STATE OF MINNESOTA
IN SUPREME COURT
|Court of Appeals |
|State of Minnesota, |
Laird Brando Keeton, Jr., petitioner,
|Filed: December 31, 1998 |
Office of Appellate Courts
S Y L L A B U S
The trial court erred in excluding the defendant from a pretrial hearing held to determine if the defendant threatened a witness. The trial court also erred in admitting hearsay as statements against interest pursuant to Minn. R. Evid. 804(b)(3) and under the catch-all exception pursuant to Minn. R. Evid. 804(b)(5). These errors, taken cumulatively, had the effect of depriving the defendant of a fair trial.
Reversed and remanded.
Heard, considered, and decided by the court en banc.
O P I N I O N
BLATZ, Chief Justice
Appellant was convicted of attempted murder in the first degree and assault in the second degree and sentenced to consecutive terms of 180 months and 36 months, respectively. The court of appeals affirmed the convictions.  We hold that the trial court erred in excluding appellant and his attorney from a pretrial hearing held to determine if appellant had threatened a witness. We further hold that the trial court failed to properly analyze critical hearsay evidence in accordance with Minn. R. Evid. 804(b)(3) and (5) and the decisions of this court. These errors, taken cumulatively, were not harmless beyond a reasonable doubt. Accordingly, we reverse the judgment of the trial court and remand the case for proceedings pursuant to this opinion.
On January 17, 1995, Steven Glaze and Jeffrey Peltier came to the home of Laird Brando Keeton, Jr., the appellant. The state alleged that appellant made plans with Glaze and Peltier to rob the U.S. Discount Mart in West St. Paul that evening, and appellant provided the shotgun used in the robbery. When the three teenage boys arrived at the store, Glaze and Peltier went in while appellant remained outside. During the robbery, Glaze fired the shotgun twice. The second shot struck Daniel Lexau, the store clerk, in the back as he was fleeing the store. Michael Zenzola, a customer in the store at the time of the robbery and shooting, was not physically injured. Unable to open the cash register, Glaze and Peltier grabbed a cigarette carton and escaped out the back of the store, where they joined appellant. The police later found the shotgun with Glaze's fingerprints on it behind the store.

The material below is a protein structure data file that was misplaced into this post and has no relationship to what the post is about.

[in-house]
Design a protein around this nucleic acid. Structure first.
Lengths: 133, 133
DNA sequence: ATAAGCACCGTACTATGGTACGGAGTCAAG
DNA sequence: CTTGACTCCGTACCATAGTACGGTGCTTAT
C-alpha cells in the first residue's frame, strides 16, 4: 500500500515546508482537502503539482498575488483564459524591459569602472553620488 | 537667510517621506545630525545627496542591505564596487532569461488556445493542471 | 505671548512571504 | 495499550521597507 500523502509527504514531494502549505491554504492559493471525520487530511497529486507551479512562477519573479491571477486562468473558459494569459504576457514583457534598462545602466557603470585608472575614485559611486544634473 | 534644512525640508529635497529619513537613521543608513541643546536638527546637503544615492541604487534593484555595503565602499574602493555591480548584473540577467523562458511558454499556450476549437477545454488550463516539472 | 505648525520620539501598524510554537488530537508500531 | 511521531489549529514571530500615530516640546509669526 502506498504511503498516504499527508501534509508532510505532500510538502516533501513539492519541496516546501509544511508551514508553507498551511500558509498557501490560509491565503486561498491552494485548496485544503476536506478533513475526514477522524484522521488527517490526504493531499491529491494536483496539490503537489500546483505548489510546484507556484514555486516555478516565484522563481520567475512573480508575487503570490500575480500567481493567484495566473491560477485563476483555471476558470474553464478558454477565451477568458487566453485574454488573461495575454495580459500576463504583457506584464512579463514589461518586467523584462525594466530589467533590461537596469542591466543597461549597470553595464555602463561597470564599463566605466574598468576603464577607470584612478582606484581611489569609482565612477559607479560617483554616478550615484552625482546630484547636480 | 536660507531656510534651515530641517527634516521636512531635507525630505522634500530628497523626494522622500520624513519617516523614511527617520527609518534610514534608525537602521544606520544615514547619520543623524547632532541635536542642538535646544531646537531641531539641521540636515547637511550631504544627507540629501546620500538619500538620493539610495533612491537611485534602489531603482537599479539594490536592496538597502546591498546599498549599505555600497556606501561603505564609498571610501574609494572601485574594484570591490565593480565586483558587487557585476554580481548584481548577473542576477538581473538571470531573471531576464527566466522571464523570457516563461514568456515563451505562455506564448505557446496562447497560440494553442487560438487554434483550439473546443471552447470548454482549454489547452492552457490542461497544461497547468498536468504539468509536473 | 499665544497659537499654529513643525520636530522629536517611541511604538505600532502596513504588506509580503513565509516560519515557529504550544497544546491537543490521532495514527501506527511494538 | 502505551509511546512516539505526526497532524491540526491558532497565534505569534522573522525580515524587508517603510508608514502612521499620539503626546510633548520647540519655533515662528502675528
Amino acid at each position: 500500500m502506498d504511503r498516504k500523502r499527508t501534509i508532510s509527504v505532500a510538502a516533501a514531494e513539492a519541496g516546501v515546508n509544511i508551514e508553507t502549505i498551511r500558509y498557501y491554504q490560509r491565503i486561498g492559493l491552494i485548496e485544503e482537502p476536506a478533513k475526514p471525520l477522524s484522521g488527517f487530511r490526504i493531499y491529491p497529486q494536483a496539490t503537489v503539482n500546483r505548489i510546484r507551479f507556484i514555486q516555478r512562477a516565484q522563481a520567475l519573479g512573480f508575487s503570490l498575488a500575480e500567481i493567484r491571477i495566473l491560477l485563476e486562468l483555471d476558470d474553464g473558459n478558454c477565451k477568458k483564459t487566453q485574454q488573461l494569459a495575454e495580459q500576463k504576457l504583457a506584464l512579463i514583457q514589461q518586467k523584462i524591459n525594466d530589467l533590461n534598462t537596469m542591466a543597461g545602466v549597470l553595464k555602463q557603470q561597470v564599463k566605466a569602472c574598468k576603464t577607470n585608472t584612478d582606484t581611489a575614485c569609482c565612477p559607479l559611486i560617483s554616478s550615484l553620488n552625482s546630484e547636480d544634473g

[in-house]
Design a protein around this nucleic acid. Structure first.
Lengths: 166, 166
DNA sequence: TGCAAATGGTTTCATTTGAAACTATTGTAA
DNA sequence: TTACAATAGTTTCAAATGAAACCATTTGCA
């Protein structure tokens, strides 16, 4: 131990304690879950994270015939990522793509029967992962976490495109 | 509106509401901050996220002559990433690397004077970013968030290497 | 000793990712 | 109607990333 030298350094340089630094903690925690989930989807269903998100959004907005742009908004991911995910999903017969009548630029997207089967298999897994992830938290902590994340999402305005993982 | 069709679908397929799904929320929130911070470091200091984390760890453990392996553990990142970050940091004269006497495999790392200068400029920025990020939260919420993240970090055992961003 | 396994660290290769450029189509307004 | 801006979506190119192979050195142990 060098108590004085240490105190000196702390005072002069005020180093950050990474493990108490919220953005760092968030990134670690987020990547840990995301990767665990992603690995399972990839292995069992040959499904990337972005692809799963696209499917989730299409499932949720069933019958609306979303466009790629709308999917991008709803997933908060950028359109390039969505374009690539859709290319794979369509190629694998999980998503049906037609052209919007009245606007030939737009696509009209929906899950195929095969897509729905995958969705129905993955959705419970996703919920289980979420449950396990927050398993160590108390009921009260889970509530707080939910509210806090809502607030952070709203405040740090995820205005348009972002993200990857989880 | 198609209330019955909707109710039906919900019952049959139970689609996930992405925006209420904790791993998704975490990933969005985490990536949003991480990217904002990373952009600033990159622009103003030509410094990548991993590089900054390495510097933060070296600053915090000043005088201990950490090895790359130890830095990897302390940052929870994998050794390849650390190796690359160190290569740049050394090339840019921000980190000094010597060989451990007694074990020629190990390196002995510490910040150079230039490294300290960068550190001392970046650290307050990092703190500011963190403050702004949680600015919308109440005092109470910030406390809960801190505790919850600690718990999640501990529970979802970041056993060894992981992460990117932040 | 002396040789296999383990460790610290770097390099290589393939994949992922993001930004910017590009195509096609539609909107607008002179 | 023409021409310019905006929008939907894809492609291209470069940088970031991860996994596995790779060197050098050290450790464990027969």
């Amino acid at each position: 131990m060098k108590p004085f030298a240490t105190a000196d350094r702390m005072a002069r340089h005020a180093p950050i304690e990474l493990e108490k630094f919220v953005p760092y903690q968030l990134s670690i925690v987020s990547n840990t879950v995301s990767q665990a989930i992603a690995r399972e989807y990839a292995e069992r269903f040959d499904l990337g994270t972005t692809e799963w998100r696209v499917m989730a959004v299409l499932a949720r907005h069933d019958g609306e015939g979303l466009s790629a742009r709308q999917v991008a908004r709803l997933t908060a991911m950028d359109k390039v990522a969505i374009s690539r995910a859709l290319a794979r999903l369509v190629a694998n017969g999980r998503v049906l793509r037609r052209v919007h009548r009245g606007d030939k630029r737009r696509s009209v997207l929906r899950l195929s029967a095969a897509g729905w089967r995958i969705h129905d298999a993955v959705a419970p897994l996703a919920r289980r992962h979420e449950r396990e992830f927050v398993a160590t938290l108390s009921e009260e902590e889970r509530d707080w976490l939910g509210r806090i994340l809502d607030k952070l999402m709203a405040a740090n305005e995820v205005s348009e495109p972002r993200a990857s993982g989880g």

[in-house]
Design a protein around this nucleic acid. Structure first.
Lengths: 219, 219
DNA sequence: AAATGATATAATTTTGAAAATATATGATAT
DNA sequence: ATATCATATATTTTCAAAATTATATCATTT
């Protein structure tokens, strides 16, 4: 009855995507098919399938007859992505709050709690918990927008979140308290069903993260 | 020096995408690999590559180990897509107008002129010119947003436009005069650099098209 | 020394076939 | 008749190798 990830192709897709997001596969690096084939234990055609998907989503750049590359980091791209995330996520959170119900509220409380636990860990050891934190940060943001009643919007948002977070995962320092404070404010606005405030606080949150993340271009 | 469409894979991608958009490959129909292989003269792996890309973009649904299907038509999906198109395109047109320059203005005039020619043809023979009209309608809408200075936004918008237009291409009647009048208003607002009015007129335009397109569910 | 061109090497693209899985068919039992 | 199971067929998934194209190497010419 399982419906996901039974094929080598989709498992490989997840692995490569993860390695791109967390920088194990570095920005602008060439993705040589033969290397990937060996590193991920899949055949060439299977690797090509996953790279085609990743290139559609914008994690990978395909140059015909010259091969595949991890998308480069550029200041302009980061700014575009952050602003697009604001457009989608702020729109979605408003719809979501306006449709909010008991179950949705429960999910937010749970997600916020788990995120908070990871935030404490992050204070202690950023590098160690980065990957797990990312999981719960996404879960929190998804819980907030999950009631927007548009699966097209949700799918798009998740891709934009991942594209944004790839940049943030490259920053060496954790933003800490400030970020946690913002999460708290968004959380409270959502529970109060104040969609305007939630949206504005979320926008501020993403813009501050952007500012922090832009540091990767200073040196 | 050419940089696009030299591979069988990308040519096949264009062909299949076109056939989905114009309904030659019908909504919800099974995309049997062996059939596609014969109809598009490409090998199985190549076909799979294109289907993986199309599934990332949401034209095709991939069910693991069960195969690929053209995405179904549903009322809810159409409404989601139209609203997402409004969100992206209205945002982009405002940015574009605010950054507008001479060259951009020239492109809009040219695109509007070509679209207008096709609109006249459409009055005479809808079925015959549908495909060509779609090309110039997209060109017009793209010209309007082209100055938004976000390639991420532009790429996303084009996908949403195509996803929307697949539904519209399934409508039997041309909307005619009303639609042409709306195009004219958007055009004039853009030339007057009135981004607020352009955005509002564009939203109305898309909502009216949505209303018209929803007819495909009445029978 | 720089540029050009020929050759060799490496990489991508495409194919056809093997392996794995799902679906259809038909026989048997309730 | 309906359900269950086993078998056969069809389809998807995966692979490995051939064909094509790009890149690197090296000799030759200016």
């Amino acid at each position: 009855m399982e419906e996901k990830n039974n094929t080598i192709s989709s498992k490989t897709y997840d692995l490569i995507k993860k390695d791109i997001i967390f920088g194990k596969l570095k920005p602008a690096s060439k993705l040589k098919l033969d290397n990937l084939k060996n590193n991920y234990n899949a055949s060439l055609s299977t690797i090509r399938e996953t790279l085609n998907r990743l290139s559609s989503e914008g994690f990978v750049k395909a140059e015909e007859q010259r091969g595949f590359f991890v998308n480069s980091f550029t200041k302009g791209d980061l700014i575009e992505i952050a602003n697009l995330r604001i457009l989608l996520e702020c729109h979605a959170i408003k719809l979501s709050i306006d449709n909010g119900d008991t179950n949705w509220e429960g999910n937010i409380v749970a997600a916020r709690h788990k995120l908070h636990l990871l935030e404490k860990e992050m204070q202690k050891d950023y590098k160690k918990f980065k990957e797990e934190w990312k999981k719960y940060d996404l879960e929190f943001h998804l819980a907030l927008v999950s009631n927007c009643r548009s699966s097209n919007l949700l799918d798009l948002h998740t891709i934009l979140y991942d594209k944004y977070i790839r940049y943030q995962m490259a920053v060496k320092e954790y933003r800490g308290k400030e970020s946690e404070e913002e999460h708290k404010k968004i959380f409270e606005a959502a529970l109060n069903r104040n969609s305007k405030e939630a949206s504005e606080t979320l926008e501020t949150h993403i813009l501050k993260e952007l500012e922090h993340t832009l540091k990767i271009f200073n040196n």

The police first interviewed appellant regarding the crime on April 10, 1995. Appellant admitted to the police that Glaze and Peltier had visited his home on the day of the robbery. However, appellant claimed that only Glaze and Peltier were involved in planning the robbery, that the shotgun in the robbery used belonged to Glaze, and that appellant just walked along with them to the store and waited outside.
The same day, the police interviewed Peltier at a juvenile detention facility, where he was being held for an unrelated crime. Peltier described his role in the crime, and stated that appellant made the plans for the robbery and provided the shotgun. The next day, the police interviewed Glaze, who was also being held for an unrelated crime, but in another juvenile detention facility. After the investigating officer told Glaze that the police found his fingerprints on the shotgun, Glaze described the crime and admitted that he had shot the victim. Like Peltier, Glaze also stated that appellant planned the robbery and provided the shotgun.
Prior to trial, the state requested use immunity for both Glaze and Peltier pursuant to Minn. Stat. § 609.09. Both appellant and his attorney were excluded from the use immunity hearing for Glaze, despite objections made to the trial court. Following the hearing, the court granted use immunity; nonetheless, Glaze still refused to testify. The state and Glaze then requested an in camera hearing, with only Glaze and his attorney present, to determine if appellant had threatened Glaze. The court granted the request and sealed the record of the in camera hearing. Appellant did not have access to this portion of the record until appeal.
At the in camera hearing, only Glaze, Glaze's attorney, and court personnel were present. Glaze's attorney, who was not sworn as a witness, read a letter allegedly written by appellant and sent to Glaze in July 1997. The letter, which was not dated or signed, stated:
This is the way I see things. If I go to prison I ain't never getting out. That's on everything whoever put me behind bars. P.S. gonna meet their maker. Shit, I ain't I bullshitten'.
Glaze's attorney argued that the letter was a clear threat by appellant against Glaze, and that Glaze felt his life would be in danger if he testified against appellant. Glaze's attorney also told the trial court that appellant had repeatedly threatened Glaze prior to trial.
The trial court asked Glaze if what his attorney said was true, and Glaze responded yes. The court then asked Glaze if he would testify under court order at trial. Glaze refused, stating I'm in fear for my safety, your Honor, because I was threatened by Mr. Keeton. Despite the court's warnings that Glaze would be incarcerated for criminal contempt, Glaze resolutely refused to testify.
In contrast to the trial court's exclusion of appellant at Glaze's use immunity hearing, the court did not exclude either appellant or his attorney from Peltier's use immunity hearing. Again, despite the court's warnings that Peltier would be incarcerated for contempt, Peltier also told the court that he would refuse to testify. The state, concerned that Peltier was refusing to testify because appellant also had threatened Peltier, requested another in camera hearing. However, Peltier's attorney said that no threats had been made to his client, and that an in camera hearing was not necessary. The court then excused appellant and his attorney from the contempt sentencing of Glaze and Peltier, who were each sentenced to 90 days in jail for refusing to testify.